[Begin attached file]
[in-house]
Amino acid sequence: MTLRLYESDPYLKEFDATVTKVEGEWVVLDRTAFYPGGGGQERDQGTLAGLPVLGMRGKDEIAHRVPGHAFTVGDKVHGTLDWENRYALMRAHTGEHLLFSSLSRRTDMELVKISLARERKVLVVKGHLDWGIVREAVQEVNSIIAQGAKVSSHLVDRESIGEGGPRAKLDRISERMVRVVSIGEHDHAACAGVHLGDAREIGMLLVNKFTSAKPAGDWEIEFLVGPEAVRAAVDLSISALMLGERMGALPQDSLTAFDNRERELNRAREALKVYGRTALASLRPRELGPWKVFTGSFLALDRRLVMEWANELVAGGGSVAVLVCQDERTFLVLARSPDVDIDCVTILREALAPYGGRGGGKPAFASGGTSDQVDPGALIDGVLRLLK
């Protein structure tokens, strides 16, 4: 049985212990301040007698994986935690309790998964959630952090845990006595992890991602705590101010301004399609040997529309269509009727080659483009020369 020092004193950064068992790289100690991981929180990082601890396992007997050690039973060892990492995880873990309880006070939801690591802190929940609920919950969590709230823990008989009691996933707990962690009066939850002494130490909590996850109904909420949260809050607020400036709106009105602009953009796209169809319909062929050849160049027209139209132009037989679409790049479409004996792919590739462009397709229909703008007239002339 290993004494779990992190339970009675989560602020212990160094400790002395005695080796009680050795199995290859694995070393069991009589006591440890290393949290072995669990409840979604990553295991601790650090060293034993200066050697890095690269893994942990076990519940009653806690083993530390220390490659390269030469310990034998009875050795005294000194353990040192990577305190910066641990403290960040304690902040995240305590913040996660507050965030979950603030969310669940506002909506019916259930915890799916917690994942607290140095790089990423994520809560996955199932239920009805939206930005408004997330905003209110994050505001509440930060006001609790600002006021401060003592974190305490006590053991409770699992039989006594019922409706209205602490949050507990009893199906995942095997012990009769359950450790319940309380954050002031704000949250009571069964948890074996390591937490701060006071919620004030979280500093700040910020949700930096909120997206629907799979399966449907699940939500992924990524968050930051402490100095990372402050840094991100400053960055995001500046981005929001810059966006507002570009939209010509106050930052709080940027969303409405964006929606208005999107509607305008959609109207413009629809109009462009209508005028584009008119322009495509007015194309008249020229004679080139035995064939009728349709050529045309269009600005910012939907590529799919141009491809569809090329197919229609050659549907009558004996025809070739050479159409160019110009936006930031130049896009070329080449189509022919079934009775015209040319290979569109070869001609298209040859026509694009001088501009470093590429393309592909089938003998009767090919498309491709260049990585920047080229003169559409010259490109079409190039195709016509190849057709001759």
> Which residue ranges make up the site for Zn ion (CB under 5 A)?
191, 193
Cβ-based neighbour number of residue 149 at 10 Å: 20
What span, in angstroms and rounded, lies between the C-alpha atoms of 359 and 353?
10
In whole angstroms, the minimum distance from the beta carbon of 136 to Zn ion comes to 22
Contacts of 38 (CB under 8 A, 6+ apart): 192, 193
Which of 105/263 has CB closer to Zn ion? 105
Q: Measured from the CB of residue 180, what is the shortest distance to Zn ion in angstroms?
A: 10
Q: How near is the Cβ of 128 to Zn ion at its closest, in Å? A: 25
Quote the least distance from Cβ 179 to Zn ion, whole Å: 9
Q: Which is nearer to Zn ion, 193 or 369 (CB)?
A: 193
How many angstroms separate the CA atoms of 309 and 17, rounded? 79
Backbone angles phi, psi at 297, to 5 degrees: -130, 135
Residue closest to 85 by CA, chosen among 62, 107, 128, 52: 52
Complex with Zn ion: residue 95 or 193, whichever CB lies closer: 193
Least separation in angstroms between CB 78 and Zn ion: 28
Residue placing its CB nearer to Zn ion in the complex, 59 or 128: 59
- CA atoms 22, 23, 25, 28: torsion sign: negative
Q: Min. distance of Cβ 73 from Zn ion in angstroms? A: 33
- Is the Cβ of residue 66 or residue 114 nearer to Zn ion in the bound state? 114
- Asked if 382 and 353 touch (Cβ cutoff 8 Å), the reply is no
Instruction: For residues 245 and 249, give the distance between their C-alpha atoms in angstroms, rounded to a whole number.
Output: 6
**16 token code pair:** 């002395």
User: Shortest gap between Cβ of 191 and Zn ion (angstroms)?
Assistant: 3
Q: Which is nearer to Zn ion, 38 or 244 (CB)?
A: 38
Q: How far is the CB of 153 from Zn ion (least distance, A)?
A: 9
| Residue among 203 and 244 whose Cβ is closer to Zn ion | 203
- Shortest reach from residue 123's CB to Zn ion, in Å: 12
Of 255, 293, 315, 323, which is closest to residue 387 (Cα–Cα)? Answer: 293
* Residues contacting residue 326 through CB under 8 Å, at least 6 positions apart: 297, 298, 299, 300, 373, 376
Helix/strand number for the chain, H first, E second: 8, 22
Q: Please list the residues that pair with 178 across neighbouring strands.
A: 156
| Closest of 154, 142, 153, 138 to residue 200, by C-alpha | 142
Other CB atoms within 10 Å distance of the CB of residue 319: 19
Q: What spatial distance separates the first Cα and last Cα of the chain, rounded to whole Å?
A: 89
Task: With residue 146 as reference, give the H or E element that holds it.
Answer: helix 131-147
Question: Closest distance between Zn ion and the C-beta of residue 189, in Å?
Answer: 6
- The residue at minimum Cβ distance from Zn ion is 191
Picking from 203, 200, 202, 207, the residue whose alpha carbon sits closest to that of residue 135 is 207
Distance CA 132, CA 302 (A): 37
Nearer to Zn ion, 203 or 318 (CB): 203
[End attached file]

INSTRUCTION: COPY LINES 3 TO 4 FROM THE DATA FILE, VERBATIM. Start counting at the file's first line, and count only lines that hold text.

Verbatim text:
């Protein structure tokens, strides 16, 4: 049985212990301040007698994986935690309790998964959630952090845990006595992890991602705590101010301004399609040997529309269509009727080659483009020369 020092004193950064068992790289100690991981929180990082601890396992007997050690039973060892990492995880873990309880006070939801690591802190929940609920919950969590709230823990008989009691996933707990962690009066939850002494130490909590996850109904909420949260809050607020400036709106009105602009953009796209169809319909062929050849160049027209139209132009037989679409790049479409004996792919590739462009397709229909703008007239002339 290993004494779990992190339970009675989560602020212990160094400790002395005695080796009680050795199995290859694995070393069991009589006591440890290393949290072995669990409840979604990553295991601790650090060293034993200066050697890095690269893994942990076990519940009653806690083993530390220390490659390269030469310990034998009875050795005294000194353990040192990577305190910066641990403290960040304690902040995240305590913040996660507050965030979950603030969310669940506002909506019916259930915890799916917690994942607290140095790089990423994520809560996955199932239920009805939206930005408004997330905003209110994050505001509440930060006001609790600002006021401060003592974190305490006590053991409770699992039989006594019922409706209205602490949050507990009893199906995942095997012990009769359950450790319940309380954050002031704000949250009571069964948890074996390591937490701060006071919620004030979280500093700040910020949700930096909120997206629907799979399966449907699940939500992924990524968050930051402490100095990372402050840094991100400053960055995001500046981005929001810059966006507002570009939209010509106050930052709080940027969303409405964006929606208005999107509607305008959609109207413009629809109009462009209508005028584009008119322009495509007015194309008249020229004679080139035995064939009728349709050529045309269009600005910012939907590529799919141009491809569809090329197919229609050659549907009558004996025809070739050479159409160019110009936006930031130049896009070329080449189509022919079934009775015209040319290979569109070869001609298209040859026509694009001088501009470093590429393309592909089938003998009767090919498309491709260049990585920047080229003169559409010259490109079409190039195709016509190849057709001759």
> Which residue ranges make up the site for Zn ion (CB under 5 A)?